Chloe and Torrent sitting in a kitchen – S C H E M I N G. This particular section shows how the speech bubbles appear at the bottom of the screen for easier readability for a longer period of time.

Speaking of legibility, after some testing, we made the speech bubbles ADV style so that it’s much more easy to read for hours (ADV style is the more typical UI design style of having a screen-space text box at the bottom of the screen). Previously, 3D speech bubbles were rendered at an angle and limited our camera composition as well. The diegetic text and the transitioning cameras are still very much features we’re keeping, of course! 

GIF: See the hacky transition and the glowy atmosphere at work as Chloe and Sueli flirt with each other!

There’s a certain kind of pressure when making art about personal and political trauma. It feels harder to give myself allowances when I don’t hit certain self-imposed milestones. That’s even when we’re creating more progress as a team than ever before. 2021 saw me almost double my own development hours, and use those hours even more efficiently. Each month, I’ve made progress on writing and editing the narrative, art directing, level design, and 3D art, and balancing with administration, producing, funding, budgeting, and marketing. 

Writing the entire narrative script is almost done, and there’s a part of my heart that shrieks at that, because how can a story be done? But it will be, and it’s a warming feeling nowadays that, when I re-read through Solace State’s dialogue, I find myself enjoying it. I enjoy its whimsy, its self-reference, its allowance to let its characters breathe and live and make mistakes, and find joy.

We use Articy, an interactive storytelling management system to plug into Unity Engine for our branching story paths and many variables. This is just a small part of the larger picture!

The other side of trauma is healing, and that means reminding myself that I’m not just a disembodied idea but a body and soul that can thrive, that I can have stress but also moments of serenity. We’re all actively trying our best, and I’ve got such a good team to remind me that I’m doing the best that I can, too.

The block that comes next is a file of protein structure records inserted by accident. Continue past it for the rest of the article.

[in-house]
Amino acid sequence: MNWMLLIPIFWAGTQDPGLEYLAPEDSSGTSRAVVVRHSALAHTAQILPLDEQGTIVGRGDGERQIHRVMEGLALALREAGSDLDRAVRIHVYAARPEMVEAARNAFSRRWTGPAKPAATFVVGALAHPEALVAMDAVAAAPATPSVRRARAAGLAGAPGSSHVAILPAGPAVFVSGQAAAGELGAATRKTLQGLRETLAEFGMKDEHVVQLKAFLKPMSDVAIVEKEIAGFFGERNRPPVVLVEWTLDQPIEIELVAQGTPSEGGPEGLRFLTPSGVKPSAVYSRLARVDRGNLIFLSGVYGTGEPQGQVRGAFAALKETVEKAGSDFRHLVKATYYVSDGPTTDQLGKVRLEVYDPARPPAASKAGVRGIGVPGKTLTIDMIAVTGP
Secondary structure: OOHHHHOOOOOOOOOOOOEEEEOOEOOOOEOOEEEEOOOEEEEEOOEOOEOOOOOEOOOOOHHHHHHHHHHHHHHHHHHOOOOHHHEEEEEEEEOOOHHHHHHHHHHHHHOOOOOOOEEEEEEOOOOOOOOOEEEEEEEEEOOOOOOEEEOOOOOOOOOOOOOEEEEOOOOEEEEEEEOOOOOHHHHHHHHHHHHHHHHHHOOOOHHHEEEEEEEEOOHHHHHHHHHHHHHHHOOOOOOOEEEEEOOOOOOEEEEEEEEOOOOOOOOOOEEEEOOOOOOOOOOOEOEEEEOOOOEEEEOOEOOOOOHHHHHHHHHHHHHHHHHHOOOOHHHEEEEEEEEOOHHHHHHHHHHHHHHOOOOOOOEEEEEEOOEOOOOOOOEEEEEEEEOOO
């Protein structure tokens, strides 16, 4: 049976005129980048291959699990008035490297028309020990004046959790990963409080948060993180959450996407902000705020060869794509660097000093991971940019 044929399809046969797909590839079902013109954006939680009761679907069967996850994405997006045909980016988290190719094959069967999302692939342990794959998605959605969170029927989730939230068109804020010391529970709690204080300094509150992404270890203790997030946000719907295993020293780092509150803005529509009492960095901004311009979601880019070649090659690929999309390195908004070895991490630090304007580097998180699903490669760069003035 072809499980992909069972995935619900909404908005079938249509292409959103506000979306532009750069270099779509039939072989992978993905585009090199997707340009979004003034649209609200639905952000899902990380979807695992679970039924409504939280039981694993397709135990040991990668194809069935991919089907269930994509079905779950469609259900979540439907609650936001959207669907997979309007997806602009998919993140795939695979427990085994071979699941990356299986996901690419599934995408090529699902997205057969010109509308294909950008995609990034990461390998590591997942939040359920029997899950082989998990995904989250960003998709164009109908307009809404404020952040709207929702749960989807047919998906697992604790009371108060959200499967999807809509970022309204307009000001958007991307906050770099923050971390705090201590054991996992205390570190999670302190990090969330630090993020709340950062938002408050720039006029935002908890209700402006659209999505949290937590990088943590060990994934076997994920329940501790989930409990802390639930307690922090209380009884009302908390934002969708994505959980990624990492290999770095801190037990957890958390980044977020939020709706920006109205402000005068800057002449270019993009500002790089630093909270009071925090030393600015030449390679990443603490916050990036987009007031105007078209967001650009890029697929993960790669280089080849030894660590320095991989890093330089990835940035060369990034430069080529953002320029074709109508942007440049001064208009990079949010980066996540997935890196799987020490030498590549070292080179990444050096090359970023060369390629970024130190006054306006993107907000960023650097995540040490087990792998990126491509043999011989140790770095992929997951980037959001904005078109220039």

Shout-outs to the team members who have put in the most hours this year in Solace State’s development: Gabi’s been working with so much nuance on Solace State as Lead Programmer that they predict many of my questions. Reilly, Character Artist, builds ample intention into each pose and outfit that she creates. Ashley, Writer, helped me reframe the narrative pacing, from our writing room meetings to her first drafts. Lauren, 3D Artist, dives into creating many neighborhoods’ architectural assets and its painterly style. Seamus and Sunny, newest to the team, have moved us forward by leaps and bounds on level design and narrative content integration respectively. And Jayme makes sure we stay focused and capable in taking on our responsibilities every week as Project Manager. 

An in-engine screenshot of the intersecting transition at work. Looks like a nightmare-scape for Chloe and Rebecka. #madeinunity

Perhaps at the end of the day, I can’t help but stare into the eye of the storm. I’ve been writing stories all my life. I vividly remember that some of the first pieces of fiction I wrote in pre-teen years were about losing one’s home, family, and the cost of war on civilians. The moment I understood the concept of death, I was struck by the unfairness of an unfinished life, and I have often circled around these concepts. 

But perhaps the other thing I can’t help to do is to find the silver linings in every dark cave, and to make it into a conversation. And, what better way for Solace State to do that than through interactive storytelling?



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Production and Marketing work at Vivid Foundry in 2021 has been supported by Ontario Creates